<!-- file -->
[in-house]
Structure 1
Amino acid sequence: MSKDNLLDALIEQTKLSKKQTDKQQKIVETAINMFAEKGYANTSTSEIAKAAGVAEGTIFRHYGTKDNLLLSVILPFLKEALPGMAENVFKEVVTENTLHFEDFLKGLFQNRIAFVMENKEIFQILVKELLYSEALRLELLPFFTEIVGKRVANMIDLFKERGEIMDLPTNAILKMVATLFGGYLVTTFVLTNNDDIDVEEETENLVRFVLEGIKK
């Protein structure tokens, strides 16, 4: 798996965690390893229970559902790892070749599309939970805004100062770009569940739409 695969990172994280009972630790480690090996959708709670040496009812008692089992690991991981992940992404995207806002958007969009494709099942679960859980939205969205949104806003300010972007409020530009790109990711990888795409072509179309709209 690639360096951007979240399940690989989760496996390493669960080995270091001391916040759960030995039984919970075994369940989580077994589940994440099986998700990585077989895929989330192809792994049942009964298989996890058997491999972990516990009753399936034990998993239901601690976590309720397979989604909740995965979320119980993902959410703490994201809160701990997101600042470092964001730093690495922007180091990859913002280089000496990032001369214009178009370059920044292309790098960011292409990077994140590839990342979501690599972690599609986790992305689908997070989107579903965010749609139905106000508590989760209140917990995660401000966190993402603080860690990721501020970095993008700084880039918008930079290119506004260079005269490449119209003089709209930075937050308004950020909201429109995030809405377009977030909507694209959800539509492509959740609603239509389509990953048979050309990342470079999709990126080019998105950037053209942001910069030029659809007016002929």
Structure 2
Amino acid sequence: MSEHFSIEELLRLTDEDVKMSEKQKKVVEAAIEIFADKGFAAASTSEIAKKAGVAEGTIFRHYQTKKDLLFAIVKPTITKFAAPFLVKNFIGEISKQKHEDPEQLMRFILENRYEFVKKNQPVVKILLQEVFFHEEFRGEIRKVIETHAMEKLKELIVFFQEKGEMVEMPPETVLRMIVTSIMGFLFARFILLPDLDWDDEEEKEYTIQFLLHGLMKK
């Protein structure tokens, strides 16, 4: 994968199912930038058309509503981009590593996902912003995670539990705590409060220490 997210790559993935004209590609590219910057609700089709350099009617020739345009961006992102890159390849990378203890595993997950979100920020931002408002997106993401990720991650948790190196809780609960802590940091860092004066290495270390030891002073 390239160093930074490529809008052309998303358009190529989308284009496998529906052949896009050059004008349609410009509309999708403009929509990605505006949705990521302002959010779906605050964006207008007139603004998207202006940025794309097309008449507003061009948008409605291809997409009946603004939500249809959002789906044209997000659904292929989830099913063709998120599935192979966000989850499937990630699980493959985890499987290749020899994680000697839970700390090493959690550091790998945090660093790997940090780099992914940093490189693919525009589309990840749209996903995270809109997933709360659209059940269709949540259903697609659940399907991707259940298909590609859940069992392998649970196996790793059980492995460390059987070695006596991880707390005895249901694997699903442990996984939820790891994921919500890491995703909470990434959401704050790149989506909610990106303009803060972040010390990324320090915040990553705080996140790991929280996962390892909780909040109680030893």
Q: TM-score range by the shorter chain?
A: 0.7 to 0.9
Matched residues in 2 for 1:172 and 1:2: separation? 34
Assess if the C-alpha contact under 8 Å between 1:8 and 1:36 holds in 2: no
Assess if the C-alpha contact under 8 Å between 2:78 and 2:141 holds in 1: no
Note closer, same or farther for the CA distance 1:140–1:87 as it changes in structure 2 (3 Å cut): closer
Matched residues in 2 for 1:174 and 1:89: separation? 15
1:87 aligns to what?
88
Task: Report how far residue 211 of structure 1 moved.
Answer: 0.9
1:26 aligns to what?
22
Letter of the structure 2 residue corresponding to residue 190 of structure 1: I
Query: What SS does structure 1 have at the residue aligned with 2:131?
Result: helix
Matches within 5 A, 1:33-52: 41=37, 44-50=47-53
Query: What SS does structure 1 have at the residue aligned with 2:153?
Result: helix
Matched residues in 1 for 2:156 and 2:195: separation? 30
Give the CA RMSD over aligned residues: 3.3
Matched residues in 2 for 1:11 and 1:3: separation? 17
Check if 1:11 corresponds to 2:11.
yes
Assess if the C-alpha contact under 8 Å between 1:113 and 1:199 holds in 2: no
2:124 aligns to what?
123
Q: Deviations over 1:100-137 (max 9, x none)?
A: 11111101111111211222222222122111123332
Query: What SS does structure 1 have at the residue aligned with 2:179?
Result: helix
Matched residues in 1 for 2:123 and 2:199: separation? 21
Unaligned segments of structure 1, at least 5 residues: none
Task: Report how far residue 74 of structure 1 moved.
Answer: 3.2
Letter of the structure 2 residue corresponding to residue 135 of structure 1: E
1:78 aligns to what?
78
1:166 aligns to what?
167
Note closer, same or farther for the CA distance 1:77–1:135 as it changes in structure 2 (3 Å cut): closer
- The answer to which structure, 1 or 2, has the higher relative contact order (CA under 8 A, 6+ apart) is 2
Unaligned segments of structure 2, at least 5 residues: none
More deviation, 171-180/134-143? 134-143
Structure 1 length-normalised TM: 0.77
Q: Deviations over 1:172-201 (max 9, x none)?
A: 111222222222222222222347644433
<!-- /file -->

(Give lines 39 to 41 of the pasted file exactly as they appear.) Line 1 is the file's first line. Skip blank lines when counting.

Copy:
Matched residues in 1 for 2:123 and 2:199: separation? 21
Unaligned segments of structure 1, at least 5 residues: none
Task: Report how far residue 74 of structure 1 moved.